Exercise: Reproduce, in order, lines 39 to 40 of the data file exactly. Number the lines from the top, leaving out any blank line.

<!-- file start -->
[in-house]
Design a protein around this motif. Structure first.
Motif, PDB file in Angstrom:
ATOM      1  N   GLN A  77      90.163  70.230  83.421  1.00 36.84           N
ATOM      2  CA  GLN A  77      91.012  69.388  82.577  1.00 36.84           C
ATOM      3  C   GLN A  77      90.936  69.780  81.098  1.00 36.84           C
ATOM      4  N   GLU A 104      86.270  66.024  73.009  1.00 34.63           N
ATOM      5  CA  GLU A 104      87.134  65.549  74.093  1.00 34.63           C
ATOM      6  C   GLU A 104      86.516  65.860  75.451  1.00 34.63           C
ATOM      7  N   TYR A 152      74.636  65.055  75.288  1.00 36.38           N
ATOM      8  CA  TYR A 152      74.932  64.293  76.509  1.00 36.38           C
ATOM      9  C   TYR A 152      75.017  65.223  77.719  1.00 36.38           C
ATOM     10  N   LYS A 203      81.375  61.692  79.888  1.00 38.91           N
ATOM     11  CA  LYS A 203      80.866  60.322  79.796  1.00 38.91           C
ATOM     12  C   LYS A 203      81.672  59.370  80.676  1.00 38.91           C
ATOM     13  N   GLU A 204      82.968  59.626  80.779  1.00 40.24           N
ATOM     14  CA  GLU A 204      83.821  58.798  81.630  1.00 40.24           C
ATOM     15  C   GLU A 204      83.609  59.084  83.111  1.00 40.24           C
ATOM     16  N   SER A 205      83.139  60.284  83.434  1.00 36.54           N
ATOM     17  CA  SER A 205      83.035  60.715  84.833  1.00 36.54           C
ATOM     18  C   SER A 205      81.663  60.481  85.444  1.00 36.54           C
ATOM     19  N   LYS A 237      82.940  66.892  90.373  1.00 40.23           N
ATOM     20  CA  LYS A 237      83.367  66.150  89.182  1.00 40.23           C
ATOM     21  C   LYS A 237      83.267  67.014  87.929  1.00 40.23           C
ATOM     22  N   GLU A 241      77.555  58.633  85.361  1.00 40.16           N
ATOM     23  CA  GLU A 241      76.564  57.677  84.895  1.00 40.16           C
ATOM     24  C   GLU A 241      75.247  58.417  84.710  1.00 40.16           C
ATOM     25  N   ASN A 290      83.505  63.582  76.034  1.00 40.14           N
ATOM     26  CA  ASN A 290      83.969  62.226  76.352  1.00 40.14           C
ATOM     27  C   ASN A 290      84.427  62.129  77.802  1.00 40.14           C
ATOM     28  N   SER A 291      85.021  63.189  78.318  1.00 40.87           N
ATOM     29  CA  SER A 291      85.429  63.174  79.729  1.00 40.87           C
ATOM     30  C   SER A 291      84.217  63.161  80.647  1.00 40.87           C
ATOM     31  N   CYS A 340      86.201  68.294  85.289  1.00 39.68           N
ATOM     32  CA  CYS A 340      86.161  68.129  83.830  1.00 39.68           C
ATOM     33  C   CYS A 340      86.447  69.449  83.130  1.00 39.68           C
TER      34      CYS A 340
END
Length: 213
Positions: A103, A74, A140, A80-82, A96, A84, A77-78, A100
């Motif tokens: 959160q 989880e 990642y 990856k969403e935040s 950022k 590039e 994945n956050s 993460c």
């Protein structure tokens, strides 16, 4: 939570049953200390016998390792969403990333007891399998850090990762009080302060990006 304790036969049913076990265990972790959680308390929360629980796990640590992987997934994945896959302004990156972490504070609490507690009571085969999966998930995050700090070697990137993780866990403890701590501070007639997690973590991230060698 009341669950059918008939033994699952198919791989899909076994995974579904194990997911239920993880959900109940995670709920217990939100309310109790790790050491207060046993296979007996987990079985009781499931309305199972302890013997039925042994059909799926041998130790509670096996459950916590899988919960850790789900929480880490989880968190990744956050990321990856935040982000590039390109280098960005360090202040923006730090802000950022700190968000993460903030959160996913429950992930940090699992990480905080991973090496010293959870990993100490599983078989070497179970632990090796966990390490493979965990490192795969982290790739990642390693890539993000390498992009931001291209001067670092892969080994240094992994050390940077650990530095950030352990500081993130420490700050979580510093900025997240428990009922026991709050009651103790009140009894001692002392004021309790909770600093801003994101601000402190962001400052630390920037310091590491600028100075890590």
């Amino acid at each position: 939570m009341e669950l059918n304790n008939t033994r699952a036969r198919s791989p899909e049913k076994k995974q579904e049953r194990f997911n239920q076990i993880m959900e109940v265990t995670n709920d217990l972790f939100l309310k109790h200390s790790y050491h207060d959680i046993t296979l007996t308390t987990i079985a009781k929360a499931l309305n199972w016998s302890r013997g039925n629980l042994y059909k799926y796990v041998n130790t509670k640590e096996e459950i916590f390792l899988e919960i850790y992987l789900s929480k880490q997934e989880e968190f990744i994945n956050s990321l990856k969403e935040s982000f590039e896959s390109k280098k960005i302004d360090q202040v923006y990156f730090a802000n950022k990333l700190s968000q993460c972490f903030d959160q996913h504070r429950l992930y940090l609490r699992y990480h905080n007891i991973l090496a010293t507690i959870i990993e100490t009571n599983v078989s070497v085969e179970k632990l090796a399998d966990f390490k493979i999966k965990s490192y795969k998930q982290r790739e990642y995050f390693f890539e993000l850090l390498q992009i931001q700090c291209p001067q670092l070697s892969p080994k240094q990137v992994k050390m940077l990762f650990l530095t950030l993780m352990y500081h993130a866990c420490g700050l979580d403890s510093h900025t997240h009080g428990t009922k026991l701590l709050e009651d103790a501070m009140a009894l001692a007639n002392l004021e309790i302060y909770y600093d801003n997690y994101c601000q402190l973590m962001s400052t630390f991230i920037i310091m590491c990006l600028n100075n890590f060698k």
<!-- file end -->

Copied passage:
Length: 213
Positions: A103, A74, A140, A80-82, A96, A84, A77-78, A100